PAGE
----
• View in gallery

    Flow cytometry analysis of whole blood cells gated on CD3+/CD4 + cells within the lymphocyte gate, stained with anti-CD25 and used to define CD3+/CD4+/CD25low, CD3+CD4+CD25medium, and CD3 + CD4 + CD25high cells. Staining gates for CD3, CD4, and CD25 were determined using thresholds based on the fluorescence minus one (FMO) “no stain” controls. After examination of the scatter plots of all patients, a threshold was set between CD25medium and CD25high cells (line between the blocks denoting Tact and Treg, respectively). These thresholds, and those provided by the FMO controls, were then used throughout for all analyses.

  • View in gallery

    A, Comparison of the circulating level of HLA-DR +, highly activated T lymphocytes and B, Treg that expressed the T cell memory marker CD45RO between children with Schistosomiasis mansoni (Neg; filled columns) or co-infected with S. mansoni and Plasmodium falciparum (Pos; open columns).

  • 1

    Brooker S, Akwale W, Pullan R, Estambale B, Clarke SE, Snow RW, Hotez JP, 2007. Epidemiology of Plasmodium-helminth co-infection in Africa: populations at risk, potential impact on anemia, and prospects for combining control. Am J Trop Med Hyg 77 :88–98.

    • Search Google Scholar
    • Export Citation
  • 2

    Pierrot C, Wilson MS, Lallet H, Laffite S, Jones MF, Daher W, Capron M, Dunne DW, Khalife J, 2006. Identification of a novel antigen of Schistosoma mansoni shared with Plasmodium falciparum and evaluation of different cross-reactive antibody subclasses induced by human schistosomiasis and malaria. Infect Immun 74 :3347–3354.

    • Search Google Scholar
    • Export Citation
  • 3

    Booth M, Vennervald BJ, Kenty L, Butterworth AE, Kariuki HC, Kadzo H, Ireri E, Amaganga C, Kimani G, Mwatha JK, Otedo A, Ouma JH, Muchiri E, Dunne DW, 2004. Micro-geographical variation in exposure to Schistosoma mansoni and malaria, and exacerbation of splenomegaly in Kenyan school-aged children. BMC Infect Dis 4 :13.

    • Search Google Scholar
    • Export Citation
  • 4

    Briand S, Watier L, Jay LEH, Garcia A, Cot M, 2005. Coinfection with Plasmodium falciparum and Schistosoma haematobium: protective effect of schistosomiasis on malaria in senegaleese children? Am J Trop Med Hyg 72 :702–707.

    • Search Google Scholar
    • Export Citation
  • 5

    Le Hesran JY, Akaina JN, Diaye EHM, Dia M, Sengor P, Konate L, 2004. Severe malaria attack associated with high prevalence of Ascaris lumbricoides infection among children in rural Senegal. Am J Trop Med Hyg 98 :397–399.

    • Search Google Scholar
    • Export Citation
  • 6

    Lyke KE, Dicko A, Dabo A, Sangare L, Kone A, Coulibaly D, Guido A, Traore K, Daou M, Diarra I, Sztein MB, Plowe CB, Doumbo KO, 2005. Association of Schistosoma haematobium infection with protection against acute Plasmodium falciparum malaria in Malian children. Am J Trop Med Hyg 73 :1124–1130.

    • Search Google Scholar
    • Export Citation
  • 7

    Mwangi TW, Bethony JM, Brooker S, 2006. Malaria and helminthic interactions in humans: an epidemiological viewpoint. Ann Trop Med Parasitol 100 :551–570.

    • Search Google Scholar
    • Export Citation
  • 8

    Nacher M, Gay F, Sighhasivanon P, Krudsood S, Treeprasertsuk S, Mazier D, Vouldoukis I, Looareesuwan S, 2000. Ascaris lumricoides infection is associated with protection from cerebral malaria. Parasite Immunol 22 :107–113.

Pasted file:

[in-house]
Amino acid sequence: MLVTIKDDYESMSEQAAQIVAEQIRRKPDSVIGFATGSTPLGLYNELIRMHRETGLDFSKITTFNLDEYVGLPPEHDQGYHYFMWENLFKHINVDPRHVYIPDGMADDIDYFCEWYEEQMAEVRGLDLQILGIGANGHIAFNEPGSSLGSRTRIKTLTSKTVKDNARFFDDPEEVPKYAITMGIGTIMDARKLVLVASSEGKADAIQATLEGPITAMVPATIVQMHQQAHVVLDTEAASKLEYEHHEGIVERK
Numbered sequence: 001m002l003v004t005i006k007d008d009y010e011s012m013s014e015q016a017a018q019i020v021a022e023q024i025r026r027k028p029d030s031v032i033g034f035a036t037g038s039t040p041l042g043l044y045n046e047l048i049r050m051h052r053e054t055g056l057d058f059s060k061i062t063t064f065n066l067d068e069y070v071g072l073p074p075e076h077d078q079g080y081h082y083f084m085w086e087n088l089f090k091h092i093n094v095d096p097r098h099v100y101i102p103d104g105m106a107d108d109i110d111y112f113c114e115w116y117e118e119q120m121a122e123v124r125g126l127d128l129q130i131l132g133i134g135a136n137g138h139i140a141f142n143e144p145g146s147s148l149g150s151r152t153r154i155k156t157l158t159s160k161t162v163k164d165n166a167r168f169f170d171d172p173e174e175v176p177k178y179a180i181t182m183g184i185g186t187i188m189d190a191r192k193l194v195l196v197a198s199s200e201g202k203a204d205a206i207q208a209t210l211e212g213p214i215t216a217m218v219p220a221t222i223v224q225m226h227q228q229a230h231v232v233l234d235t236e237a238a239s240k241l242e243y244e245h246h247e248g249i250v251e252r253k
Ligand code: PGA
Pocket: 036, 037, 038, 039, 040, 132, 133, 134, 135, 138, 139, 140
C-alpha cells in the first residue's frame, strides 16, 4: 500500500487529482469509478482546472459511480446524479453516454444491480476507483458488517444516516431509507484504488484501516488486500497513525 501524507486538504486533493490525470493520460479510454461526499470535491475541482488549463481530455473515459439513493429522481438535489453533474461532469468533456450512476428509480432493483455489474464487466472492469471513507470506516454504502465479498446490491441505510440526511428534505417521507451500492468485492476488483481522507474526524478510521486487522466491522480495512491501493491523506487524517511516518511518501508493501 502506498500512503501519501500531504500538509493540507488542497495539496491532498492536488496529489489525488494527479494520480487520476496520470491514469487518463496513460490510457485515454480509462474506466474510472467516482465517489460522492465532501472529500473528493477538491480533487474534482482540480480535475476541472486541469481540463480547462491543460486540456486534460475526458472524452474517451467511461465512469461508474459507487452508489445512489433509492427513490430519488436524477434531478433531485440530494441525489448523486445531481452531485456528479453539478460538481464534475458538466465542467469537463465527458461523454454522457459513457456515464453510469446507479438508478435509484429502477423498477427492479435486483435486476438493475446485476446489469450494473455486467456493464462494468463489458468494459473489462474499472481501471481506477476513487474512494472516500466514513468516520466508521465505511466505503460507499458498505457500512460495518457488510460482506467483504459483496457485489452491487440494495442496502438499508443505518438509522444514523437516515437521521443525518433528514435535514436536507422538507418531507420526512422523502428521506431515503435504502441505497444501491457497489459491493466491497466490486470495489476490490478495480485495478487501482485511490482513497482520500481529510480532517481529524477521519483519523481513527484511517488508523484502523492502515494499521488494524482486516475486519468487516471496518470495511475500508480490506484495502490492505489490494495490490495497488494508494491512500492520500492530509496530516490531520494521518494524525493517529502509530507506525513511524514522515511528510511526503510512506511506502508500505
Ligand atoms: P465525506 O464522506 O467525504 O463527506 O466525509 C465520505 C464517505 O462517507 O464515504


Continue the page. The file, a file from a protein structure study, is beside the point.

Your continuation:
• Search Google Scholar
    • Export Citation
  • 9

    Petney TN, Andrews RH, 1998. Multiparasite communities in animals and humans: frequency, structure and pathogenic significance. Int J Parasitol 28 :377–393.

    • Search Google Scholar
    • Export Citation
  • 10

    Druilhe P, Tall A, 2005. Worms can worsen malaria: towards a new means to roll back malaria. Trends Parasitol 21 :359–362.

  • 11

    Stothaard JR, Gabrieli AF, 2007. Schistosomiasis in African infants and preschool children: to treat or not to treat. Trends Immunol 23 :83–88.

    • Search Google Scholar
    • Export Citation
  • 12

    Engels D, Chitsulo L, Montresor A, Savioli L, 2002. The global epidemiological situation of schistosomiaisis and new approaches to control and research. Act Trop 82 :139–146.

    • Search Google Scholar
    • Export Citation
  • 13

    Gryseels B, Polman K, Clerinx J, Kestens L, 2006. Human schistosomiasis. Lancet 368 :1106–1118.

  • 14

    Millington OR, Gibson BV, Rush CM, Zinselmeyer R, Stephen P, Garside P, Brewer MJ, 2007. Malaria impairs T cell clustering and immune priming despite normal signal 1 from dendritic cells. PLoS Pathog 3 :143.

    • Search Google Scholar
    • Export Citation
  • 15

    Watanabe K, Mwinzi PMN, Black CL, Muok EOM, Karanja DMS, Secor WE, Colley DG, 2007. T regulatory cells decrease in people infected with Schistosoma mansoni upon effective treatment. Am J Trop Med Hyg 77 :676–682.

    • Search Google Scholar
    • Export Citation
  • 16

    Walther M, Tongren JE, Andrews L, Korbel D, King E, Fletcher H, Andersen RF, Bejon P, Thompson F, Dunachie SJ, Edele F, de Souza JB, Sinden RE, Gilbert SC, Riley EM, Hill AV, 2005. Upregulation of TGF beta, FOXP3 and CD4+CD25+ regulatory T cell correlates with more rapid parasite growth in human malaria infection. Immunity 23 :287–296.

    • Search Google Scholar
    • Export Citation
  • 17

    Handzel T, Karanja DMS, Addis DG, Allen WH, Rosen DH, Colley DG, Andove J, Slutsker L, Secor WE, 2003. Geographic distribution of schistosomiasis and soil transmitted helminths in Western Kenya: implication of antihelminthic mass treatment. Am J Trop Med Hyg 69 :318–323.